10 Armenians belong to the canonically autonomous Armenian Apostolic Church that traces its roots back to the apostles Thaddeus and Bartholomew, while Georgians are parishioners of the Orthodox Apostolic Church of Georgia, which is understood as having been founded by Saint Andrew the Apostle and Saint Simon the Canaanite. 11 The Armenian diaspora, above all in the US, France and Russia, but also in a number of other European and Arab states, have also developed considerable economic competence and political influence.
12 For further details see also: Frank Evers, Mission Information Package "South Caucasus", October 2003, Centre for OSCE Research (CORE) at the Institute for Peace Research and Security Policy at the University of Hamburg (IFSH), http:// www.core-hamburg.de/documents/CORE_ MIP South_Caucasus.pdf. 13 See: US Committee for Refugees, World Refugee Survey 2002 Country Report, http://www.refu- gees.org/world/countryrpt/europe/2002/georgia.cfm.
14 Georgia was inter alia expected to adopt a legal framework permitting repatriation and integra- tion, including the right to Georgian nationality, for the Meskhetian population deported by the Soviet regime, and to complete the process of repatriation of the Meskhetian population within twelve years after its CoE accession. See: Opinion No. 209 (1999J Georgia'sApplication for Membership of the Council of Europe, Official Gazette of the Council of Europe, January 1999, http://assembly.coe.int/Documents/WorkingDocs/doc01/EDOC9191.htm. 15 A corresponding declaration has been adopted by the 5Ih Extraordinary Congress of the Akhiska Society of Meskhetian Turks, "Vatan". See also: Caucasian Knot News, "Congress of Meskhetian Turks in Baku", 24 February 2004, http://eng.kavkaz.memo.ru/newstext/engnews/id/635578. html.
16 See also: UNDP, "Troubled Georgian Region Gets Help for Development and Integration", 31 January 2003, http://wwwreliefweb.int/w/r-wb.nsf/0/2daf45f28751366dcl256cbfOO4e9Oc6?Open Document. 17 Enthusiasm about the ethnic recovery of post-Soviet motherland-Armenia had included certain anti-Russian feelings. Education reforms in the early 1990s had sacrificed the affixment of school and university curricula to Russian for the purpose of reviving Armenian. Public administra- tion and media switched to Armenian too. Meanwhile, Russian is experiencing a slight revival. Upper-class families see it as opening additional education and migration perspectives to their children. Under the roofs of S-J households, Russian movies and shows fill the evening hours. They are shown by Armenian and Russian TV channels. 18 Most comprehensive development assistance activities are bundled in the UNDP Samtskhe- Javakheti Integrated Development Program. It includes first of all a Supporting Social Cohesion through Good Governance Project; a Regional Networking Initiative; a Women's Training and Resource Centre Project as well as an Irrigation Systems' Rehabilitation Project; a Regional Infrastructure Rehabilitation Project and a Drinking Water Provision and Sanitation Project. UNDP activities in S-J are supported by the OSCE HCNM.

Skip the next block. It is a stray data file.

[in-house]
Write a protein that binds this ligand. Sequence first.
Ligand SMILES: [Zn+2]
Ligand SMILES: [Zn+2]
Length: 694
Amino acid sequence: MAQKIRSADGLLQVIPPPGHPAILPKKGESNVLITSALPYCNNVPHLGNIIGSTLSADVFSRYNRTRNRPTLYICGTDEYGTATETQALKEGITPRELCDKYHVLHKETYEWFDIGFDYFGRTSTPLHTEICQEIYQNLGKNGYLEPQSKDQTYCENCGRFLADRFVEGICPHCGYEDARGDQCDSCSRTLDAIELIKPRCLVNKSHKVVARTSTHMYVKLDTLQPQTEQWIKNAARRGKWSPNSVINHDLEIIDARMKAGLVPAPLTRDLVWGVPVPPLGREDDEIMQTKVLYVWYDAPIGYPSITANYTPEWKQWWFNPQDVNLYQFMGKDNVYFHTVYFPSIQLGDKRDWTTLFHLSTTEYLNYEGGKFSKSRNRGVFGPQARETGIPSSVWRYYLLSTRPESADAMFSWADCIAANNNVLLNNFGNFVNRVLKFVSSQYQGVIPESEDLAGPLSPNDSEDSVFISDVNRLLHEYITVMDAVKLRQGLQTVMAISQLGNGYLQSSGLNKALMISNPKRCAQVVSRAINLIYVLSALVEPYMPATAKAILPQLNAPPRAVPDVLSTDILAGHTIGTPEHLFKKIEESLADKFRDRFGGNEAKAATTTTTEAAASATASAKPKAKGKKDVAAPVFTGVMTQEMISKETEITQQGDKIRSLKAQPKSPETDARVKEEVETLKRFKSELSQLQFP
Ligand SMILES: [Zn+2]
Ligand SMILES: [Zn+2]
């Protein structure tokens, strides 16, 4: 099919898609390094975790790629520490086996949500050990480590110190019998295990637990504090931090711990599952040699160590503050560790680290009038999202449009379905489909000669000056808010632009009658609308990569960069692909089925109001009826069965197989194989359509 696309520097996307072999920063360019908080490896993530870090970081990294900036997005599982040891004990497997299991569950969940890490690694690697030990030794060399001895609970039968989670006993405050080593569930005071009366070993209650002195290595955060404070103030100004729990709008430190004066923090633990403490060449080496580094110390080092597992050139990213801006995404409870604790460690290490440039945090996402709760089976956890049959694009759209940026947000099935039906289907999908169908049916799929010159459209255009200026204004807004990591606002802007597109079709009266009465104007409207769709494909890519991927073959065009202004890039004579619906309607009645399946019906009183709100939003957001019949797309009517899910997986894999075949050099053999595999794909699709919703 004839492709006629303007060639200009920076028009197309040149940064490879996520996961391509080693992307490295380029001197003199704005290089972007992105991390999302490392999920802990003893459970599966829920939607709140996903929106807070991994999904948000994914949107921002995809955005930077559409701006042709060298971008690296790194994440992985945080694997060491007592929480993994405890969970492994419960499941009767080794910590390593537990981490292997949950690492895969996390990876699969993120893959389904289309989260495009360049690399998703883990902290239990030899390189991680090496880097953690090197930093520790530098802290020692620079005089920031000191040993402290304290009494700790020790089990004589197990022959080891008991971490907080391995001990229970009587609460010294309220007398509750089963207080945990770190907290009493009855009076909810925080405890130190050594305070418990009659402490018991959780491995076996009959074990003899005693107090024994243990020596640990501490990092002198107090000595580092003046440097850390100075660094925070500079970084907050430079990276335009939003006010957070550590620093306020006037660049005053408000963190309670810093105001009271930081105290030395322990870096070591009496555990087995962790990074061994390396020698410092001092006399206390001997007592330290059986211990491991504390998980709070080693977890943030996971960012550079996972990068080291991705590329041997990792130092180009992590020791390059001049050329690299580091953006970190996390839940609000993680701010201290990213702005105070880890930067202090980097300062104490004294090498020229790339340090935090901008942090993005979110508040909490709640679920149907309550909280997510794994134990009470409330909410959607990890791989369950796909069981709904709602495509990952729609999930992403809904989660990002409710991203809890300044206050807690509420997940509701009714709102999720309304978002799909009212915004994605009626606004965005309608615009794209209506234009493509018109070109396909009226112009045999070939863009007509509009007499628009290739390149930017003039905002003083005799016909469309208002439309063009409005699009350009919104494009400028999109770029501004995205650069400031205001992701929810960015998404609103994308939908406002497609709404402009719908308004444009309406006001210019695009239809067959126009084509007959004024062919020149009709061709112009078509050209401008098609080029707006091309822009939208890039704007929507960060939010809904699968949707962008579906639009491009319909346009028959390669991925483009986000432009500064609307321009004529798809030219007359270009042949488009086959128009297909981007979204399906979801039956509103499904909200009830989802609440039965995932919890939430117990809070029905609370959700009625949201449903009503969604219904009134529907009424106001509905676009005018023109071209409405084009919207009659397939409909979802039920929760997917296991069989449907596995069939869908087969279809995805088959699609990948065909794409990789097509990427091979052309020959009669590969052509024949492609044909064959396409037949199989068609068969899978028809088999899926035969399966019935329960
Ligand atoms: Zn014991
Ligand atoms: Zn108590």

19 From the Russian standpoint, the base, like other Russian military activities in Georgia and Armenia, ensures exterior and interior stability across the Caucasus mountain range. In this context, special reference is made to interaction and mutual influence of the so-called small peoples of the Russian North Caucasus and the South Caucasus peoples. While this reading is in contrast to official Georgian positions and also conflicts with Russian commitments on the withdrawal of forces taken at the OSCE Istanbul Summit (November 1999), Javakhk-Arme- nians welcome the base as guaranteeing local interethnic peace. Conversely, Tbilisi sees Georgian national independence and ethnic revival threatened. In any case, the base's economic role in S-J is rather a side effect of its political dimension.